The students grow vegetables, fruits, herbs and flowers on the farm — and lots of them — some 25,000 pounds last year alone, to be exact, and all organic. “If it grows in this area, we’re growing it!” Brazell said.

Unbelievably fresh food

Much of the produce is sold at a weekly farm stand, where Elwyn employees flock for what Brazell described as “unbelievably fresh food” sold for significantly less than what they would pay in the grocery store for even conventionally grown produce of a lower quality. Davidson students man the stand, using a modified iPad program that features pictures and prices of each of the items for sale to help them conduct the transactions. Produce from the farm is also sold at three federal buildings in Philadelphia — the William J. Green Federal Building, the U.S. Custom House and the Philadelphia Region Benefit Office.

The food is so delicious and fresh that Brazell said the stands sell out almost every week. Yet there is still plenty to provide to each of the more than 30 Elwyn residential homes throughout the region, and each week, all of the offices in the Davidson School building get a new bouquet of flowers picked, arranged and delivered by students in the Horticulture Skills Center (another campus-based Transition work center).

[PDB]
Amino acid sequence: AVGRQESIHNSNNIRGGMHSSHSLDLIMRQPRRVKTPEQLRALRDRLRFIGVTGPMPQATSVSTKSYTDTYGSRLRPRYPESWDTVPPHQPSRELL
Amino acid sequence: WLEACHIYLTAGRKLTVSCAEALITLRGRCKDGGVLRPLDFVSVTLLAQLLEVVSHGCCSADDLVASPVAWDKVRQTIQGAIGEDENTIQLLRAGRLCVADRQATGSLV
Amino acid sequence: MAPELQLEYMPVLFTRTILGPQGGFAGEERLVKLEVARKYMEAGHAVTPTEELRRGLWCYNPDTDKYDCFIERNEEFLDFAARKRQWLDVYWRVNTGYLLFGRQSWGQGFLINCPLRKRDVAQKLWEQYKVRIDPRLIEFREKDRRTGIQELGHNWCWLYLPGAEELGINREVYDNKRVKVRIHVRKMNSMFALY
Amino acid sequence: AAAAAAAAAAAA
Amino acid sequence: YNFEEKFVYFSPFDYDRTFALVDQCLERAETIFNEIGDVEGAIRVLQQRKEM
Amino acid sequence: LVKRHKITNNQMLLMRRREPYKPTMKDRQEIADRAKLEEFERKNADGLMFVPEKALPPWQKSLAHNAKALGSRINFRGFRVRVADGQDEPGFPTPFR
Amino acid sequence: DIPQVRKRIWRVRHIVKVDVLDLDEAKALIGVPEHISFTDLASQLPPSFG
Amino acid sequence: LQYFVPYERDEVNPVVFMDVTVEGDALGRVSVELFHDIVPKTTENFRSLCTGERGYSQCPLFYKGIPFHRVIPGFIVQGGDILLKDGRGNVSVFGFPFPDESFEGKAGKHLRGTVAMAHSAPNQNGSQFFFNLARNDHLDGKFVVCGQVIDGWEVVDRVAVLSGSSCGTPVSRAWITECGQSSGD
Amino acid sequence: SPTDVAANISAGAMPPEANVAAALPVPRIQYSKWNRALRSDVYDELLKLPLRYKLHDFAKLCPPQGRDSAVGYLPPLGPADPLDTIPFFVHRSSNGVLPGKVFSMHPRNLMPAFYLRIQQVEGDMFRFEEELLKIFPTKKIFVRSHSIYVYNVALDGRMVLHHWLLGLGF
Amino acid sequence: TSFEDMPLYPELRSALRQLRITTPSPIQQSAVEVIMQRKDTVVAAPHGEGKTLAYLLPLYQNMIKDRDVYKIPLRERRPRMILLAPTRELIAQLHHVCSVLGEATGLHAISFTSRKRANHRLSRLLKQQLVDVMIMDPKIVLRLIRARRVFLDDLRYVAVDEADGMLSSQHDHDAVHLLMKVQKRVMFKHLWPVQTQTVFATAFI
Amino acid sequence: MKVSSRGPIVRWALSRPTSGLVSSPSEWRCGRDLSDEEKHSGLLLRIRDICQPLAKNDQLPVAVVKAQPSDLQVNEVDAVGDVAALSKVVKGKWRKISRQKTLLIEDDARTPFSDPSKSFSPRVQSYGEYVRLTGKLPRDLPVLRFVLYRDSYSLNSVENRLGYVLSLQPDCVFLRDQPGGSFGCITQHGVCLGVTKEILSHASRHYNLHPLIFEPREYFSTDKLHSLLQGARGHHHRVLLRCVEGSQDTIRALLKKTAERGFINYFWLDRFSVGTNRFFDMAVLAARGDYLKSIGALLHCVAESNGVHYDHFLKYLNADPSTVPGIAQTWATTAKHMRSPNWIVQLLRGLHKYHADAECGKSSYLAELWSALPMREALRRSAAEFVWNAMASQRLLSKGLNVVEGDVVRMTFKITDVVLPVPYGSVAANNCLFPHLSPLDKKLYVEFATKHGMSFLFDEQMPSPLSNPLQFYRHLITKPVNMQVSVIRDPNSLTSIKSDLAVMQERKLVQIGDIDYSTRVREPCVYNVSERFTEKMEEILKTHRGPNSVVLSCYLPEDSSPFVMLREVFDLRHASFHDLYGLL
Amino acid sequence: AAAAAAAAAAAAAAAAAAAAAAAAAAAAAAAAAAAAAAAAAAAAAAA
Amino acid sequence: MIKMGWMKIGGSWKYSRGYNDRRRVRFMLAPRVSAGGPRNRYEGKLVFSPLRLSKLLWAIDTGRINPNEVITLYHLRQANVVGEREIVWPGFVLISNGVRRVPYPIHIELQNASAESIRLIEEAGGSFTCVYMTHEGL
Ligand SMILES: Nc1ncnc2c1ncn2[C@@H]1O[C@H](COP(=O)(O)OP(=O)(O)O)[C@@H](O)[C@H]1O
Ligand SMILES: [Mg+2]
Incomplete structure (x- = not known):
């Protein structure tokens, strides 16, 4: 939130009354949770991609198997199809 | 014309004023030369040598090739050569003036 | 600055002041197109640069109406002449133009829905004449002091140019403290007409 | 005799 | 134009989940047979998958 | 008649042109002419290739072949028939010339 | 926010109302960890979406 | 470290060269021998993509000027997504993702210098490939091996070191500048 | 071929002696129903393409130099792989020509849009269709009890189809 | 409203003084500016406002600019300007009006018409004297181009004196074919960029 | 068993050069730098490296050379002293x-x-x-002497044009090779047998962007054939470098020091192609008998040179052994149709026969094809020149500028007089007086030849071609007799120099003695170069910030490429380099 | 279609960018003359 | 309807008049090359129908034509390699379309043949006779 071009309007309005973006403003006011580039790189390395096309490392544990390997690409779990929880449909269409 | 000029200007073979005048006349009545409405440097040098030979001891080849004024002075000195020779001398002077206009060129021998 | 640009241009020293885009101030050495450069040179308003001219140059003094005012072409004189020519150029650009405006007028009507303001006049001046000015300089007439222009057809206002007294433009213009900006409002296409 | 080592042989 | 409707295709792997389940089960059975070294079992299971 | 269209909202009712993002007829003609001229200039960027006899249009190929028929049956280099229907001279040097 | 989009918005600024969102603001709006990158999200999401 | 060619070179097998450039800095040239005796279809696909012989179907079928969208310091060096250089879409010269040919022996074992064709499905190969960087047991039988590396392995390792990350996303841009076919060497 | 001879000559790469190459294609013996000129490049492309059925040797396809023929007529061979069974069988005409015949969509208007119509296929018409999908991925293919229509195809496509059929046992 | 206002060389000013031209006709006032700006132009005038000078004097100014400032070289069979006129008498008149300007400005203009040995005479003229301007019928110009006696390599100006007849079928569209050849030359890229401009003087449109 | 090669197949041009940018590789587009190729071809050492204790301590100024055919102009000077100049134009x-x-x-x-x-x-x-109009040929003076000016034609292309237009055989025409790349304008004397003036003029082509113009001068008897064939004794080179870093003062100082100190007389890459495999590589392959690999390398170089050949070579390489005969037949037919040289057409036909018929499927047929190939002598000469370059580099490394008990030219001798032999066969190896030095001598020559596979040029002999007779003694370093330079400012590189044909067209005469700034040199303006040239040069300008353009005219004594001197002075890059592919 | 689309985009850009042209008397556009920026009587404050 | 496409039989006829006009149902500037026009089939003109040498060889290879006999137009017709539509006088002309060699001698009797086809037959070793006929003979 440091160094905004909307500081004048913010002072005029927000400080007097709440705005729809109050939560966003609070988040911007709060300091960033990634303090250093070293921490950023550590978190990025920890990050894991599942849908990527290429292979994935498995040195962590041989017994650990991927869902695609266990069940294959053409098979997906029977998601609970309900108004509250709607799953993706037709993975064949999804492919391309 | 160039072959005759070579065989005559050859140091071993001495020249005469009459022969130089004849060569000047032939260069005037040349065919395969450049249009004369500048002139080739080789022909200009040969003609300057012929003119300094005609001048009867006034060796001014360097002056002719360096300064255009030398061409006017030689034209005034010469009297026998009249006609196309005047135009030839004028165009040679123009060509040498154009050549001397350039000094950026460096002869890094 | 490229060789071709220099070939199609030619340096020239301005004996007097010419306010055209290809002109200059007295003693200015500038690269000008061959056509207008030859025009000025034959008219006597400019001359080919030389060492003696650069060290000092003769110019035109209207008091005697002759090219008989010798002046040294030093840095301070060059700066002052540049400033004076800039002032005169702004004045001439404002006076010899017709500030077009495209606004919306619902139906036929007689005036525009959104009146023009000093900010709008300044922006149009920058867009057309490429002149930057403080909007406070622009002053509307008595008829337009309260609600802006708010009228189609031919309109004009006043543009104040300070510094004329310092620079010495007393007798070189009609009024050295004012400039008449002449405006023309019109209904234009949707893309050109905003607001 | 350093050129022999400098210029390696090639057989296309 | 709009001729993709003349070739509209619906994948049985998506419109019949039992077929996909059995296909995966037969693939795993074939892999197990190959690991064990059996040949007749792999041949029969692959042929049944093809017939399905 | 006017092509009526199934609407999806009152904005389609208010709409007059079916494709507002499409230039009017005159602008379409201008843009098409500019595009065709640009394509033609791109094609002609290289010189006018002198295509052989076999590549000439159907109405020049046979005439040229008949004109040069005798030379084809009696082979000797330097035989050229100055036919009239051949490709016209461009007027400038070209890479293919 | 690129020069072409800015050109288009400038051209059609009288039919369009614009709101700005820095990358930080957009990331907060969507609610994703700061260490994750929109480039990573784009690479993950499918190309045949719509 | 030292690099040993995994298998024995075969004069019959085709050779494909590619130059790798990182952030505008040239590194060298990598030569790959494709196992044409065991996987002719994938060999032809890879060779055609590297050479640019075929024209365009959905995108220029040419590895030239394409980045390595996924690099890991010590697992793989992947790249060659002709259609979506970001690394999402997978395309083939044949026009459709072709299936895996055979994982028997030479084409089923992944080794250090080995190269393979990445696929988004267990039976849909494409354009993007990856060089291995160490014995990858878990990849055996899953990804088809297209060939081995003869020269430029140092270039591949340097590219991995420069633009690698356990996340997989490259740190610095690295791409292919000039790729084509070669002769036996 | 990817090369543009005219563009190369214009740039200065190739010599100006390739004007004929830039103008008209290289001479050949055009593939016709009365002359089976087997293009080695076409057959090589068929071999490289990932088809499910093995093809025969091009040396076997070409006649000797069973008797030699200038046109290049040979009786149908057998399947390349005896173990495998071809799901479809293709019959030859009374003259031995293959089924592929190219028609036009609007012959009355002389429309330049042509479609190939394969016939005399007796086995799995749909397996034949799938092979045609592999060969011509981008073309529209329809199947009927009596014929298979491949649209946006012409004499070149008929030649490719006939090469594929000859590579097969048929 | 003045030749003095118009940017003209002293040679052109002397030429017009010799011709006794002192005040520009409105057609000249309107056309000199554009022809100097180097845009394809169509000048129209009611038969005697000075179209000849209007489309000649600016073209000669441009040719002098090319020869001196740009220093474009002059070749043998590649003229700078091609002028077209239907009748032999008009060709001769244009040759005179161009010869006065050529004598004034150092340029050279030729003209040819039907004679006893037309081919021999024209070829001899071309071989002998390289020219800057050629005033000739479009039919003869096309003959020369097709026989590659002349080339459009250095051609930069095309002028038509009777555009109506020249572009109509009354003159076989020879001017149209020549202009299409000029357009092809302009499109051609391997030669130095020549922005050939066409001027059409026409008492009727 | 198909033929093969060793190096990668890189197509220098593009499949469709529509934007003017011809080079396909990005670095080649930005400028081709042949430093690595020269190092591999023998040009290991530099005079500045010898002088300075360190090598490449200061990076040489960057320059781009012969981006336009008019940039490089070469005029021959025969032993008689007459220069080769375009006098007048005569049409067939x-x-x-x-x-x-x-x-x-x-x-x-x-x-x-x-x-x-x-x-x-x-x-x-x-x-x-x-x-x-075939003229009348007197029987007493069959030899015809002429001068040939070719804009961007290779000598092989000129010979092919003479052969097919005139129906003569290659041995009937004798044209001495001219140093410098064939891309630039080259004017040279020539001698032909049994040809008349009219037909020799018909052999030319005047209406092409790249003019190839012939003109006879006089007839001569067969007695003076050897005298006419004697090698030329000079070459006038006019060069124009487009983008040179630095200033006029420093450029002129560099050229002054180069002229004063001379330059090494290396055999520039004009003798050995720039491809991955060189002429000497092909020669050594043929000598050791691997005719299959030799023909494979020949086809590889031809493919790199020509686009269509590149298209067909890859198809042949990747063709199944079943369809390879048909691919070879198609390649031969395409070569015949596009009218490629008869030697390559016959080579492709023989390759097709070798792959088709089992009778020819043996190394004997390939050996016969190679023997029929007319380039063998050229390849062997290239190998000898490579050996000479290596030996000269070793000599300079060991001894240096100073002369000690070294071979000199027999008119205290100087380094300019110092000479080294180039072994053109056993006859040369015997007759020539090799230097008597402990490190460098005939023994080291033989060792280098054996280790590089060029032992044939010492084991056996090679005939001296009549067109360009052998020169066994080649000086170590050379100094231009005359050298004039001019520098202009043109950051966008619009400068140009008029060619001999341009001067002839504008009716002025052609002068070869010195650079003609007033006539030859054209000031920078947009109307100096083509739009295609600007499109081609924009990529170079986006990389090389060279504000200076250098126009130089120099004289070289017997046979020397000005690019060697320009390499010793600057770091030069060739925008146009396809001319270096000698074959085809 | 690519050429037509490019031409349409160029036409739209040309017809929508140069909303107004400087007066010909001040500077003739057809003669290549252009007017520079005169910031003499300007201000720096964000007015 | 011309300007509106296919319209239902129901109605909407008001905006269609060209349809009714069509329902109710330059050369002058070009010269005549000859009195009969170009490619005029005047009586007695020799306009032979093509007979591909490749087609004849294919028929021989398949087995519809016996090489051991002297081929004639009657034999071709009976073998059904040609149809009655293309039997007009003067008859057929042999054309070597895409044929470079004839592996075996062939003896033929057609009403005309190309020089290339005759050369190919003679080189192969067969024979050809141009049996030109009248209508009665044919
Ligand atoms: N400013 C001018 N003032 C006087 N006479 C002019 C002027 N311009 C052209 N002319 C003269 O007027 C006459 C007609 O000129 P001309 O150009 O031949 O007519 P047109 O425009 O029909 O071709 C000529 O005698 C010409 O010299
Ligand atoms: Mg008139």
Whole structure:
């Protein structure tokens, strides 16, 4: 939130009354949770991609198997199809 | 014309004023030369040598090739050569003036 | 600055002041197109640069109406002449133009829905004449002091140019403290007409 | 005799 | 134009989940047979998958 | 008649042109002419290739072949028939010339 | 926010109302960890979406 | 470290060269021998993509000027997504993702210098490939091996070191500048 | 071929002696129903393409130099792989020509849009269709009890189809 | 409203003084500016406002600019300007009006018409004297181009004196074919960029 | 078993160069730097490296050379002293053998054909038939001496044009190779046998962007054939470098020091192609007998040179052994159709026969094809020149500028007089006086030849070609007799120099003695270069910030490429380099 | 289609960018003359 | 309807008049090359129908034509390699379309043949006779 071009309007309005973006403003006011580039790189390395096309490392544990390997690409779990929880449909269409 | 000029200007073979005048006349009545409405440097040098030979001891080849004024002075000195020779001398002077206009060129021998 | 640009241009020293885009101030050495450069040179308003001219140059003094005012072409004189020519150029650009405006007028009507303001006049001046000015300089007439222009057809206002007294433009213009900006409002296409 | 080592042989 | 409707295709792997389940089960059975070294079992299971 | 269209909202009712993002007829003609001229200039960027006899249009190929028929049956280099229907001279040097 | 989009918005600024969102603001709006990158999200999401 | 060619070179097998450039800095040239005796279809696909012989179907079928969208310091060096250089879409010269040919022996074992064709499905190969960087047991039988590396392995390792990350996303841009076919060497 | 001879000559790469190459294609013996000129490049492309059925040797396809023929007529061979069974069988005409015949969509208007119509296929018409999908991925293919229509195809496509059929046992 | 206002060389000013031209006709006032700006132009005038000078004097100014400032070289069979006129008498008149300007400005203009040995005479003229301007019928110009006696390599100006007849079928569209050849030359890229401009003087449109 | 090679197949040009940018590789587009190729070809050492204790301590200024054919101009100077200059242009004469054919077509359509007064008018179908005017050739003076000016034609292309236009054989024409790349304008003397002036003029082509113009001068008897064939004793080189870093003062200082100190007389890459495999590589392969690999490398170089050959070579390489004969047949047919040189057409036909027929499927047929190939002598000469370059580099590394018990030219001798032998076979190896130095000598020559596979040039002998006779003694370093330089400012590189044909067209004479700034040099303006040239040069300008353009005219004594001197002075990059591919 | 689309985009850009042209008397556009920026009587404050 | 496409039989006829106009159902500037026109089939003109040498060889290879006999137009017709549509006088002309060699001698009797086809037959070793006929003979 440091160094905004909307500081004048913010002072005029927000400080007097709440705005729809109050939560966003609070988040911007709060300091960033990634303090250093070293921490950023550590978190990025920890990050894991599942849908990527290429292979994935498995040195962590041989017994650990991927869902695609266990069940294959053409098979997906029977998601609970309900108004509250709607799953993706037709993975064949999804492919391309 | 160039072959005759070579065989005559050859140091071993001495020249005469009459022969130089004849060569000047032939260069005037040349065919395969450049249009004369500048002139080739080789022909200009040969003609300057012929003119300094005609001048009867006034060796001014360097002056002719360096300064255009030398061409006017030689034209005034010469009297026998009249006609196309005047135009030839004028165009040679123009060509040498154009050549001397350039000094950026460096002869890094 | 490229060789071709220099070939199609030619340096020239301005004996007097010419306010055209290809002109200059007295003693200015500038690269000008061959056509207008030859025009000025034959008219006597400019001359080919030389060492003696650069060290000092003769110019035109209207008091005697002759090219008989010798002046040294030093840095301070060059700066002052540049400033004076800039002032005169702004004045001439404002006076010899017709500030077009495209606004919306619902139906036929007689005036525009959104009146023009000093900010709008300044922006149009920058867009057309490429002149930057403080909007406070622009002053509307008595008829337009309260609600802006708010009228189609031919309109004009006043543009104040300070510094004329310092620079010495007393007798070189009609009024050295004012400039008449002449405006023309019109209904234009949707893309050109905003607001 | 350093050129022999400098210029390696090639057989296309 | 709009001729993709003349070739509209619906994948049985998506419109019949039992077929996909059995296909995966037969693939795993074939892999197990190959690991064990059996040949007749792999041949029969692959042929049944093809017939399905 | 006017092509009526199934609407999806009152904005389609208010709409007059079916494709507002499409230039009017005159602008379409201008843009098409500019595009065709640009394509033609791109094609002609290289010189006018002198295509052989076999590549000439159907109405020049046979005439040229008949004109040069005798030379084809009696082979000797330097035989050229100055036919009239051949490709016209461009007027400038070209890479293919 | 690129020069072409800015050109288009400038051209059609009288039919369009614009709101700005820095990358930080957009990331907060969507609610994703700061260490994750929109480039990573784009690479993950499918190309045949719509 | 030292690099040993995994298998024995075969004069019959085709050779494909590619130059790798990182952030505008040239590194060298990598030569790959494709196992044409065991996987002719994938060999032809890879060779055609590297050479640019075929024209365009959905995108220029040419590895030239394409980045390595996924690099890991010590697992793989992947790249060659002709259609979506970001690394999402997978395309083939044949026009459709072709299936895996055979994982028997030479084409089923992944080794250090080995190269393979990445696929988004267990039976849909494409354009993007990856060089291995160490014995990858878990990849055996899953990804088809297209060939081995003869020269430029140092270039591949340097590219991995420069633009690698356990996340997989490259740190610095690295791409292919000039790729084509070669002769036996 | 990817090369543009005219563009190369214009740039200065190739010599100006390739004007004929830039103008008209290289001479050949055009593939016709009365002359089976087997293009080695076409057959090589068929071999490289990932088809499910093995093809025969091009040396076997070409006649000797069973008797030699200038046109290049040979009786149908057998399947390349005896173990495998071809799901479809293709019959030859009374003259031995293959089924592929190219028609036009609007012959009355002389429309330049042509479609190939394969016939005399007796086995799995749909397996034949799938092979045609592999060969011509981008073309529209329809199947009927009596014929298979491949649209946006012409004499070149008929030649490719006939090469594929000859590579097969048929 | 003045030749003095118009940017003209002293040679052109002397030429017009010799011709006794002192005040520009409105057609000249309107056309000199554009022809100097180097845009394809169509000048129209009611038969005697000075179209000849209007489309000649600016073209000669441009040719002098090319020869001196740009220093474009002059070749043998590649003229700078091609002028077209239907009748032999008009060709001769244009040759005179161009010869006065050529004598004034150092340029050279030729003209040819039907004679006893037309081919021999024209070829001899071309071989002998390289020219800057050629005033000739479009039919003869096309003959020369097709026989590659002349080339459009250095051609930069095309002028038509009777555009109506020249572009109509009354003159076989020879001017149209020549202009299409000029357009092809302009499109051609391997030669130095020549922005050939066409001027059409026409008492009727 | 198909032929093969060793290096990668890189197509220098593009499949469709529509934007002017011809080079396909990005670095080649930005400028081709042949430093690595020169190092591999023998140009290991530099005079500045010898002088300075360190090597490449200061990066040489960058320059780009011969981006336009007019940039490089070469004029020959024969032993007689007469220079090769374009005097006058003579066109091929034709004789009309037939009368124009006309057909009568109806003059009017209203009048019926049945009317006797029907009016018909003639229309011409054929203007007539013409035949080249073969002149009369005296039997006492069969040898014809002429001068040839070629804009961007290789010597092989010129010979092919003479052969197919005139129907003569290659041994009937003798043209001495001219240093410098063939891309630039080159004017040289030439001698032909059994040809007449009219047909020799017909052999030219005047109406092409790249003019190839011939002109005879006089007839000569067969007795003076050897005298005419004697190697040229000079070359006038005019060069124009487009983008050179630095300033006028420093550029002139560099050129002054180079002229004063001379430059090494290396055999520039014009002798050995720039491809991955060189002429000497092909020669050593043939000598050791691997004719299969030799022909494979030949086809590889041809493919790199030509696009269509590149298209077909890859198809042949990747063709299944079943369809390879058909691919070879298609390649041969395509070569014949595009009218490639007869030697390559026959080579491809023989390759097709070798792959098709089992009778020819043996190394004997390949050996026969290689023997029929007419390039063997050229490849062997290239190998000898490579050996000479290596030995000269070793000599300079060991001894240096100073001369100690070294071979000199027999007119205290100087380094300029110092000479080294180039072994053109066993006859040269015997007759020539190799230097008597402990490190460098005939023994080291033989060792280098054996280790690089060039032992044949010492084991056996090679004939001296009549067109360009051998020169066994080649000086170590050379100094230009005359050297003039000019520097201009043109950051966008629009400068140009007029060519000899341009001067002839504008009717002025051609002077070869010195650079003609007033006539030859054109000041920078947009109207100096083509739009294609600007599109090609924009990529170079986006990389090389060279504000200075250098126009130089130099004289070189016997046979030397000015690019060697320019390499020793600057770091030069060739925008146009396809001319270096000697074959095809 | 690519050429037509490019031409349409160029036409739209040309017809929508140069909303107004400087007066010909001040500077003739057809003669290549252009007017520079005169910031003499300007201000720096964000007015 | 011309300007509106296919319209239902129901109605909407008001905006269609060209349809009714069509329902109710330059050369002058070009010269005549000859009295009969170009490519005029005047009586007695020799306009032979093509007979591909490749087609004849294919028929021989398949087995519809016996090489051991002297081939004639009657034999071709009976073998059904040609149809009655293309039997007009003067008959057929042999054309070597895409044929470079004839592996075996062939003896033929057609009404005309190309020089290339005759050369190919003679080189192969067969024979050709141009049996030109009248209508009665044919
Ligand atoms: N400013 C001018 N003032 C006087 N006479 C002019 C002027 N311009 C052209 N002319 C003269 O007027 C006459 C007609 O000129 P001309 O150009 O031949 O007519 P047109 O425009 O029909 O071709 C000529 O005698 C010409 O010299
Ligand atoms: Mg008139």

“One part of the school takes care of another,” explained Brazell. Students grow food on the farm, which is prepared by the students in the Healthy Harvest Center under the direction of a certified chef instructor or sold at the farm stands. Another group of students in the green waste recycling program creates compost that is returned to the farm and worked into the soil for future growing seasons.

“All of these moving parts or facets feed into each other and support the school’s overall program,” said Brazell.

Cultivating students’ potential

More than 2/3’s of the nearly 400 students participate in Davidson’s special education transition program. The goal is to provide work opportunities to help each student find something at which they can excel.